What Pegman Saw: Ahriman snips away the world

 

 

The cafe lights bleached the night, washing colour from the hoardings, turning people to cut outs.

Ahriman imagined taking sharp scissors, snipping away plastic chairs and litter bins, sycamore trees and scraps of discarded samusa, leaving only the figures behind, their legs bent in mid step, lifting cups of black tea to puckered lips. He saw the paper people stacked like plates, shuffled like playing cards, packed away when he tired of them.

He used to love humanity, its endless capacity for greed and hatred, its skill at weaving lies, glittering webs to trap the innocent before the fatal strike.

Now he walked among these flimsy beings, sharing the fragile beat of their hearts, the flicker of pulse so easy to snuff out.

Passing the fountain, a cool mist played across his skin, damping his hair.

Life had been better when he was a god.

 


Written for What Pegman Saw, the prompt that uses Google Streetview as its starting point. Today we visit Tehran in Iran. See here to share, read and comment.

Notes

Ahriman is another name for Angra Mainyu, a destructive spirit in Zoroastrianism. Many believe Angra Mainyu will ultimately be destroyed, his power quenched. I imagined him passing into human form, becoming obsolete.

Samusa are pastries filled with spicy meat and vegetables. See here to discover more delicious Iranian food.

 

 

 

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38 thoughts on “What Pegman Saw: Ahriman snips away the world

  1. very interesting – and before I got to the god part – which was a culture deep ending – πŸ™‚
    well I like how the paper people were lifeless but then noted he shared the fragile beat of their hearts”
    – nice connectedness piece (to me at least)

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  2. I hope a god so destructive does indeed grow obsolete. Wonderfully captures his frustration and sense of superiority. He’s gnashing his (very sharp) teeth.

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    1. Yes, it’s sad that modern politics and international trouble have overshadowed a glorious history. The ancient Persians and Mesopotamians left glorious sculptures and cultural artefacts and were ahead of the West on areas of science and agriculture at that time. Sad the tragic modern era masks it all

      Liked by 1 person

  3. Wow, I love the fantastical imagery of what he imagines here, with snipping up what he sees until all that’s left is “paper people stacked like plates”! Great hints that he is either crazy or not a human, and in the end the reveal is satisfying — and perhaps the answer is “both.” One of my favorites.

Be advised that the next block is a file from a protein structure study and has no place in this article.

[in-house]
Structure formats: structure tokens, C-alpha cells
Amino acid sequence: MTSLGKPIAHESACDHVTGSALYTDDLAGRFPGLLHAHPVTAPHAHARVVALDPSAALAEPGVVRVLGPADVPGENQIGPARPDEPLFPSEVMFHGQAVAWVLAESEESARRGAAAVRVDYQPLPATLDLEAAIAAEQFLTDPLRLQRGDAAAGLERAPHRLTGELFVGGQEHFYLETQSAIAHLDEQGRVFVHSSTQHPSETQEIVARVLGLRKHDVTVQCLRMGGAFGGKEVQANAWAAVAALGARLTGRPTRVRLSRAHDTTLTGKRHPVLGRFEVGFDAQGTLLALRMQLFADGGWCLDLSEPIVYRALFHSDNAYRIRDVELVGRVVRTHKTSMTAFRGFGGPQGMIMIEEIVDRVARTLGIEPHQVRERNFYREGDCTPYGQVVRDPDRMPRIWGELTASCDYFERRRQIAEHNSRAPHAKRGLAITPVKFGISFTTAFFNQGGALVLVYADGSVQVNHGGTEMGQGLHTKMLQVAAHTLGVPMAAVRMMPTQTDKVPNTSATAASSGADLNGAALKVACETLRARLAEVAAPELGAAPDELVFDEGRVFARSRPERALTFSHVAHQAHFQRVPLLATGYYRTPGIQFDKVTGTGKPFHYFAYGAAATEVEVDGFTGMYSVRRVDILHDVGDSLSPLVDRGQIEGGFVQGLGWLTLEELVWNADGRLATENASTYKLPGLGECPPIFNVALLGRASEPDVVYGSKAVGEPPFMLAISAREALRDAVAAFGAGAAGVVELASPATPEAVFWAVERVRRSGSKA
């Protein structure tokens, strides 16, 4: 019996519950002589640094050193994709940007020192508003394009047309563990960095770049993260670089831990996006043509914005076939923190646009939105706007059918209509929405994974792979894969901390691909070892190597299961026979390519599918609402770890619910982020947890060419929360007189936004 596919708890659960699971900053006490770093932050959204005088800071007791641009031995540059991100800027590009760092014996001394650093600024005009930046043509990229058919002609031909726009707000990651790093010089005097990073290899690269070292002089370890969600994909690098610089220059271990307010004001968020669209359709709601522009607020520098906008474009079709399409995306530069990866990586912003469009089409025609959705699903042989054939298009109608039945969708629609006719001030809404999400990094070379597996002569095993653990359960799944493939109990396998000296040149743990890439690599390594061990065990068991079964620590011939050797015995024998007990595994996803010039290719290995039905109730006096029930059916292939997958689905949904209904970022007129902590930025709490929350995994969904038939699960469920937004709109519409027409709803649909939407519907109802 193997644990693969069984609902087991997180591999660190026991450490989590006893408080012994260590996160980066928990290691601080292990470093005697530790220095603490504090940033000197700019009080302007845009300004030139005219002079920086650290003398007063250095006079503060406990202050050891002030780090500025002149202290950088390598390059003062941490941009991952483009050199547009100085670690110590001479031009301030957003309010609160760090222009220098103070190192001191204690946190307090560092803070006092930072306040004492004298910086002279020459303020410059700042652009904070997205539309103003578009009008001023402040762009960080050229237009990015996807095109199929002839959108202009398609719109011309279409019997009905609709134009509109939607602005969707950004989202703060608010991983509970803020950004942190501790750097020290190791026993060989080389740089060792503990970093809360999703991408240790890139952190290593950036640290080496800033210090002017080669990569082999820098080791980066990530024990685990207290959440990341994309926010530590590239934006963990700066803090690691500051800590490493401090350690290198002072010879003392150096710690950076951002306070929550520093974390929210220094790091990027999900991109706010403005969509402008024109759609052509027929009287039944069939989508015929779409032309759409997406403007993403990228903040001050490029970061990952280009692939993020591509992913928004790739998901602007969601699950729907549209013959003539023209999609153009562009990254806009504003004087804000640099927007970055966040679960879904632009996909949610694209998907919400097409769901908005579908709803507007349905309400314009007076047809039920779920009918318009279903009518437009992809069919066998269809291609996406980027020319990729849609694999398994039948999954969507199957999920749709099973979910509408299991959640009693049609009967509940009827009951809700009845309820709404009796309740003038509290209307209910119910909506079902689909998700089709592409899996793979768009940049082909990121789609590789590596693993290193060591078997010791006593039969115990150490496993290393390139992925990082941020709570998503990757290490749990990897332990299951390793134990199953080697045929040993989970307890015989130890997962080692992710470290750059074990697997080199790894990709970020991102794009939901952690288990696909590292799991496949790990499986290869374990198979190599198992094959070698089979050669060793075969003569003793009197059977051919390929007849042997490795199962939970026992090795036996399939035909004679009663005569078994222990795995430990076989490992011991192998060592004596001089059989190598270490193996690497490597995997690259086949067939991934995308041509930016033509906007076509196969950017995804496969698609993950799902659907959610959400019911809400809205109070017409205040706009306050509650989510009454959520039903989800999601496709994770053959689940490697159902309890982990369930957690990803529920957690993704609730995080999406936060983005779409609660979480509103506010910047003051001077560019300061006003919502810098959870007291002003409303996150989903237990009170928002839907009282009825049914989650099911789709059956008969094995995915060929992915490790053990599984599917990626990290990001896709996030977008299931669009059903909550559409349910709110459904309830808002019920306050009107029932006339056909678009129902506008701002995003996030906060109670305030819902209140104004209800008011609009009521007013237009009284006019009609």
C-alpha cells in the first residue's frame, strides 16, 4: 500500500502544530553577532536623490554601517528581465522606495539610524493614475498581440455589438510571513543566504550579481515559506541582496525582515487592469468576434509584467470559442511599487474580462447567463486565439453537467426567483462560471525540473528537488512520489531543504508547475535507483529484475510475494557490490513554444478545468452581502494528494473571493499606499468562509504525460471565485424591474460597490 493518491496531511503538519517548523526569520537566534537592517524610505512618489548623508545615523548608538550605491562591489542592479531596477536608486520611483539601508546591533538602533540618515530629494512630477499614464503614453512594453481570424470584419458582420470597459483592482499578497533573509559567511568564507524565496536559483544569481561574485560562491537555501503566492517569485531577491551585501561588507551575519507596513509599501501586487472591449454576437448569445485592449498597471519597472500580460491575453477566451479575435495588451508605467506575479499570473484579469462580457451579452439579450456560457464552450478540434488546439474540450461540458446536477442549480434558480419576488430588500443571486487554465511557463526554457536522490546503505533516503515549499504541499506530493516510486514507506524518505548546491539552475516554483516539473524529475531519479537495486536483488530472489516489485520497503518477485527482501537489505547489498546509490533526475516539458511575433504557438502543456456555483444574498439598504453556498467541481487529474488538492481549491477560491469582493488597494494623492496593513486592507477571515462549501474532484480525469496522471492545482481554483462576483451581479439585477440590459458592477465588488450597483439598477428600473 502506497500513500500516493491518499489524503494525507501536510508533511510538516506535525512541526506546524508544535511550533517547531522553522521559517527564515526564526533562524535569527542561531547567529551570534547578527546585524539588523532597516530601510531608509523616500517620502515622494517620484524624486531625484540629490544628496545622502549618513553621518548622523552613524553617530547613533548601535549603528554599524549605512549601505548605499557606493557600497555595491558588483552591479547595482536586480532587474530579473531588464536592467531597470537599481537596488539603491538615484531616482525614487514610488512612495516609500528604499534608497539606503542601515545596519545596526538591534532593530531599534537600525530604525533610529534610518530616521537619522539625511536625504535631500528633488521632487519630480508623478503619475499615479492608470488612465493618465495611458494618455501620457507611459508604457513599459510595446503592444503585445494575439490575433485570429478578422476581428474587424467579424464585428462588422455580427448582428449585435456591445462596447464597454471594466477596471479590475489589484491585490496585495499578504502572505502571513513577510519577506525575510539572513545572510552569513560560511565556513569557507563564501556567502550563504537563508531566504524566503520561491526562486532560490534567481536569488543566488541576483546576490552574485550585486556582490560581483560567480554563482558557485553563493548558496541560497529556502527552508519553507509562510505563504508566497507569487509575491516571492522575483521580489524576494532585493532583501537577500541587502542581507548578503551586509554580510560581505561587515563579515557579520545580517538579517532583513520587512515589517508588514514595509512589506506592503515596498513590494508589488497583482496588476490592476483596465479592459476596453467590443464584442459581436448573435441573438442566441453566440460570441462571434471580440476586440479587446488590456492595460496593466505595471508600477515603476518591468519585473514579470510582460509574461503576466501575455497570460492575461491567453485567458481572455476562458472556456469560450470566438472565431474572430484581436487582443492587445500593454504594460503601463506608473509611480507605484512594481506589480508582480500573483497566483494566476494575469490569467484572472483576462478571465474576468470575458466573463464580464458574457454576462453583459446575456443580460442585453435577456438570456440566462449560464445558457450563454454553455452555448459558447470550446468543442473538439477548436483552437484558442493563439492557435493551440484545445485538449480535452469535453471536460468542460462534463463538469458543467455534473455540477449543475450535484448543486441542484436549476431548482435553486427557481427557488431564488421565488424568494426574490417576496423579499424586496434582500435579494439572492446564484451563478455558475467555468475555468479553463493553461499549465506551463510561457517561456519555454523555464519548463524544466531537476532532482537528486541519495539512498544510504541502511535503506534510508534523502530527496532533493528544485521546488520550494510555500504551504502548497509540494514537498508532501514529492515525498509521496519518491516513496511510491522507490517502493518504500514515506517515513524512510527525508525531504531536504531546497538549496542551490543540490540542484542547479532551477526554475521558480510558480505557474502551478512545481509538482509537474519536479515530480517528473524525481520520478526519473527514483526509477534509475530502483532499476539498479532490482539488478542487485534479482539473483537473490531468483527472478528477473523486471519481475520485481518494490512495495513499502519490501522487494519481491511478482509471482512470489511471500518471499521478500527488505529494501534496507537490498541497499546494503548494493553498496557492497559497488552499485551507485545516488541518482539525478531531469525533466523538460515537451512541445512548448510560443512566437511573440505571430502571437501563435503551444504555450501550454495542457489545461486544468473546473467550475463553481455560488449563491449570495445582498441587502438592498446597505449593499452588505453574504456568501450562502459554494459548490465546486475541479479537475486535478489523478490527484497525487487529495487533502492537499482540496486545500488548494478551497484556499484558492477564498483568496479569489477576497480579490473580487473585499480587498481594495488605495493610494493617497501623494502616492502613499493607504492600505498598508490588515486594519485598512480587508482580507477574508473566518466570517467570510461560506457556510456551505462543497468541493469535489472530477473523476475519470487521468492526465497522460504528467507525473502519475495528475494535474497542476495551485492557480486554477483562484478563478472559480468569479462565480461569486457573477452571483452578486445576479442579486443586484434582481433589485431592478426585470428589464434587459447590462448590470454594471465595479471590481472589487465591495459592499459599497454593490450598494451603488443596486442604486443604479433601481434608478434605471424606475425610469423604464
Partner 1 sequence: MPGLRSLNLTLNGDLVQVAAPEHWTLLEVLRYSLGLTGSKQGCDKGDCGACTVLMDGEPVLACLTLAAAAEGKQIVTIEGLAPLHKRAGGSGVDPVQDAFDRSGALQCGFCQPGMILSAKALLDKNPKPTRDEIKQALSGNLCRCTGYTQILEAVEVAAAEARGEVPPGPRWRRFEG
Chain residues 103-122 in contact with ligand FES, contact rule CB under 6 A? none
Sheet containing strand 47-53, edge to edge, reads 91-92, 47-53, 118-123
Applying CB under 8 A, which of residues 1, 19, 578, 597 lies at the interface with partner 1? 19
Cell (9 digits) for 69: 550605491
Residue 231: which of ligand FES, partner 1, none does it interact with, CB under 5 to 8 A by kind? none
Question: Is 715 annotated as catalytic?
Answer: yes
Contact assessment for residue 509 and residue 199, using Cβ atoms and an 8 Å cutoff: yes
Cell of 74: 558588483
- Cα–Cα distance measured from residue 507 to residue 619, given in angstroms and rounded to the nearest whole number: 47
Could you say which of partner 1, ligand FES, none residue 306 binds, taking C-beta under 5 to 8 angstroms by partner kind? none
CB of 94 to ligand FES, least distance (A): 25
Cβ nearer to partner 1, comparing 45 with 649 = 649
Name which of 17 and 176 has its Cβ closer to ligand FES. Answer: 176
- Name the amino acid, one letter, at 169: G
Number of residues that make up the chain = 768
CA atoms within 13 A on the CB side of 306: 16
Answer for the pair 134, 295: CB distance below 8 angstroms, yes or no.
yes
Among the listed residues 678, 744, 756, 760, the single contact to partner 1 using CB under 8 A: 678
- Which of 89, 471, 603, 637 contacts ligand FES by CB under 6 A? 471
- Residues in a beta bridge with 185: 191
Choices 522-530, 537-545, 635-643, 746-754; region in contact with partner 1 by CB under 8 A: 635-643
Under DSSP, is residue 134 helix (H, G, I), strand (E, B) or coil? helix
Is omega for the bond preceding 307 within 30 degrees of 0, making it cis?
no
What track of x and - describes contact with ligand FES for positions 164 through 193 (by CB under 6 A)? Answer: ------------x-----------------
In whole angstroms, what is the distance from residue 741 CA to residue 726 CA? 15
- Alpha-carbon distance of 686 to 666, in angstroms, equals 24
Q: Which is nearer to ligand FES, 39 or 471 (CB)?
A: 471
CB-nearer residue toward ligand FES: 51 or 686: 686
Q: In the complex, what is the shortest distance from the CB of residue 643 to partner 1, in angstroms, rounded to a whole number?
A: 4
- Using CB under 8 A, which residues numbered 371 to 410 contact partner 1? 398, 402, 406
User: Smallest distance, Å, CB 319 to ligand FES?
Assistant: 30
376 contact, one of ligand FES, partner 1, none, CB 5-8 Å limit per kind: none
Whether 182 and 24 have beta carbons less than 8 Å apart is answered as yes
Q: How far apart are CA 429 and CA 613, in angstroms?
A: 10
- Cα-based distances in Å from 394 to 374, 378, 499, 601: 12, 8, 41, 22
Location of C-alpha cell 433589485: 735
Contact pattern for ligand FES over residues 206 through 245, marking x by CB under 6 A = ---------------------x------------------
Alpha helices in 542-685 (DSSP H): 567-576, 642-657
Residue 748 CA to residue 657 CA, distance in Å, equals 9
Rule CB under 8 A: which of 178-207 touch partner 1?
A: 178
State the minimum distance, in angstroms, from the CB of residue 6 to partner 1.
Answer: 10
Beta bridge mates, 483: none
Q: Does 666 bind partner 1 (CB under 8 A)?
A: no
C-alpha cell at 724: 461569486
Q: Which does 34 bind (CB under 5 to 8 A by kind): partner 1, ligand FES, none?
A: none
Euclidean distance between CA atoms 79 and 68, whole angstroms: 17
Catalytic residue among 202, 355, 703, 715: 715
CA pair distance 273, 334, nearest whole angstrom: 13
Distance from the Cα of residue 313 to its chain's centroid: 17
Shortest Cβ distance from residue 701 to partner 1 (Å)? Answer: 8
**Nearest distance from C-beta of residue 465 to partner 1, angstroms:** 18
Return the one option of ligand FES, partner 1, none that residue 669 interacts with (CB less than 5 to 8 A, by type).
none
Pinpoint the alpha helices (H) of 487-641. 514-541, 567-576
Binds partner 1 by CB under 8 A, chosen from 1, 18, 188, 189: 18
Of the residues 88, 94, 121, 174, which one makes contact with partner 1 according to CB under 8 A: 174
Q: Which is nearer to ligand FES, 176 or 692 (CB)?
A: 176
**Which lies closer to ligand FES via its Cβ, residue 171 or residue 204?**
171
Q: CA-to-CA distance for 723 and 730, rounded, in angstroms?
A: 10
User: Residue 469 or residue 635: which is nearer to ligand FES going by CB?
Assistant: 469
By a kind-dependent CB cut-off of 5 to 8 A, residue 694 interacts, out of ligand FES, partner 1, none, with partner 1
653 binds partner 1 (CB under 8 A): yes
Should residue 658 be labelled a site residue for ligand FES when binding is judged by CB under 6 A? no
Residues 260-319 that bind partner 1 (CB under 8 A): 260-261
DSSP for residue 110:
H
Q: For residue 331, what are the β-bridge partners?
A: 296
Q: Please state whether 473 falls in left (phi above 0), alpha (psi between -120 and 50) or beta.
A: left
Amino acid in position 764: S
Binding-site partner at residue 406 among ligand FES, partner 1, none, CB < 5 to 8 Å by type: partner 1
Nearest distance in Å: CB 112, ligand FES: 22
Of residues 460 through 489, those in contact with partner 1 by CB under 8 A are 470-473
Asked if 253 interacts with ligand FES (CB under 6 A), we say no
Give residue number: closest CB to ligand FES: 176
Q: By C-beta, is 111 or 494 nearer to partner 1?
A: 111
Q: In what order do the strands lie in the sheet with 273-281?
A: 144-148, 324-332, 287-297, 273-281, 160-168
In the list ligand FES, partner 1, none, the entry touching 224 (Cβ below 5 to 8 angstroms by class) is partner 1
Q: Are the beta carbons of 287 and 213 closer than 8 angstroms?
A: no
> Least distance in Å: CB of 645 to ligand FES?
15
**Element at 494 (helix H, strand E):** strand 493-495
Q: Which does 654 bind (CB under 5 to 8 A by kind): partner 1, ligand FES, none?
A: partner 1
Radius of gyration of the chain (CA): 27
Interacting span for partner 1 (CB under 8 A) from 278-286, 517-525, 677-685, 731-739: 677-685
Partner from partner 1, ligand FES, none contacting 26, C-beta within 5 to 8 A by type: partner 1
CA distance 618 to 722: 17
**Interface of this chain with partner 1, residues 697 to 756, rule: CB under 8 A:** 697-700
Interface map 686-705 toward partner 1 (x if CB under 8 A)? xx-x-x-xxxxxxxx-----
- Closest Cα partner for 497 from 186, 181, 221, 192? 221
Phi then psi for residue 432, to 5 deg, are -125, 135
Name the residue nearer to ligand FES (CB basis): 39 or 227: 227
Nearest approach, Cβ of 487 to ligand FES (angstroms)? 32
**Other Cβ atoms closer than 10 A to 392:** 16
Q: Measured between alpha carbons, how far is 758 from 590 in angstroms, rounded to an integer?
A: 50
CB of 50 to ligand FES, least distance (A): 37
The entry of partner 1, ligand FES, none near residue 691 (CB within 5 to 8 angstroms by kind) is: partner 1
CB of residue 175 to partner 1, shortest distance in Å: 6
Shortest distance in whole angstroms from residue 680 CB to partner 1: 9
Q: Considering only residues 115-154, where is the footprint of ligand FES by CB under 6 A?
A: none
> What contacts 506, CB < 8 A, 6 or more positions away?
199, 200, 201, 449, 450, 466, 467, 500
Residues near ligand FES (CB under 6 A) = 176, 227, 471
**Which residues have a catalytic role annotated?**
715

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    1. Ah, thanks so much Joy. I was struggling to write this – lots of noise in the room, distracting World Cup playing in the background! – so glad you thought it passed muster. Thank you for reading πŸ™‚

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      1. Good for you– I’m rubbish at writing when there’s any distraction at all, much less the World Cup. I can’t even listen to music. Those people who take their laptops to write in cafes? I’m convinced they’re another species. πŸ˜‰

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      2. I find it hard to concentrate if to concentrate if my husband’s pottering around at home, making tea and playing his bass – very distracting! But I used to go to cafes a lot and find I could zone the comings and goings out quite easily. People become white noise but only when there are enough of them

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      3. I just got back from traveling to see my family, and spent a good deal of time on planes and in airports. I managed to do pretty well at zoning out the distractions in order to read, but even then, I had to get up and move several times when people were talking next to me. I was kicking myself for not bringing ear plugs — very useful for zoning out crowds of strangers.

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      4. Had the same experience trapped on trains over the weekend – some people just love the sound of their own voices, even when they’re talking drivel! Ah, for noise cancelling headphones πŸ™‚

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      5. I never thought seriously about buying noise-cancelling headphones, and now I don’t travel nearly as much as I used to, so it doesn’t seem worthwhile. And then that ONE trip happens when I really wish I had them… Well, let’s see if I can remember my ear plugs and start from there.

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  4. What a wonderful vision of Ahriman in C21st (or maybe that’s not appropriate?) But I just love how you imagine things, and describe your visions with just the right language. Clearly you are blessed by Ahura Mazda, not cursed by the Dark One.

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  5. Interesting take. I questioned whether he was a powerful man who had lost all his powers, but read the comments above to see that he truly was a god. And I agree that it is vital that he has no power as an immortal anymore. He sounds like the kind of god who was full of destruction and without benevolence and justly deserves his demotation.